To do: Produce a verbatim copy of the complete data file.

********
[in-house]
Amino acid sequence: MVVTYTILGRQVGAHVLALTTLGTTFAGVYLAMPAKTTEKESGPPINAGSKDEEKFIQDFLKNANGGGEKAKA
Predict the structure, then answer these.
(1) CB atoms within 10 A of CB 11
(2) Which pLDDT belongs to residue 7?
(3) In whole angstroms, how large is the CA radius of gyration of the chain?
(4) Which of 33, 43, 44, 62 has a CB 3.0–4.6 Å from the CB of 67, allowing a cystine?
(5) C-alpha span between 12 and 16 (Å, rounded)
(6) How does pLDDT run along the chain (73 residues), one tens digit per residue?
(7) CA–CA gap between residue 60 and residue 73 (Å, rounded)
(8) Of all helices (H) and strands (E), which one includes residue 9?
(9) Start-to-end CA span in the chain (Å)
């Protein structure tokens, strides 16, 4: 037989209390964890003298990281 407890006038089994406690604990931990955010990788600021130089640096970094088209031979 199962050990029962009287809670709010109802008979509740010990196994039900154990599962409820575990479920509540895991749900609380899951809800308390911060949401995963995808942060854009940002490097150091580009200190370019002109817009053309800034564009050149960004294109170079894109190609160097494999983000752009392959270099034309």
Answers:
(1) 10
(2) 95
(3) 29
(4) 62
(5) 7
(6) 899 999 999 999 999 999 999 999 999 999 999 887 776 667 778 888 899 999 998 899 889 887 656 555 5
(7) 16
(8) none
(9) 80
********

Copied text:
[in-house]
Amino acid sequence: MVVTYTILGRQVGAHVLALTTLGTTFAGVYLAMPAKTTEKESGPPINAGSKDEEKFIQDFLKNANGGGEKAKA
Predict the structure, then answer these.
(1) CB atoms within 10 A of CB 11
(2) Which pLDDT belongs to residue 7?
(3) In whole angstroms, how large is the CA radius of gyration of the chain?
(4) Which of 33, 43, 44, 62 has a CB 3.0–4.6 Å from the CB of 67, allowing a cystine?
(5) C-alpha span between 12 and 16 (Å, rounded)
(6) How does pLDDT run along the chain (73 residues), one tens digit per residue?
(7) CA–CA gap between residue 60 and residue 73 (Å, rounded)
(8) Of all helices (H) and strands (E), which one includes residue 9?
(9) Start-to-end CA span in the chain (Å)
């Protein structure tokens, strides 16, 4: 037989209390964890003298990281 407890006038089994406690604990931990955010990788600021130089640096970094088209031979 199962050990029962009287809670709010109802008979509740010990196994039900154990599962409820575990479920509540895991749900609380899951809800308390911060949401995963995808942060854009940002490097150091580009200190370019002109817009053309800034564009050149960004294109170079894109190609160097494999983000752009392959270099034309």
Answers:
(1) 10
(2) 95
(3) 29
(4) 62
(5) 7
(6) 899 999 999 999 999 999 999 999 999 999 999 887 776 667 778 888 899 999 998 899 889 887 656 555 5
(7) 16
(8) none
(9) 80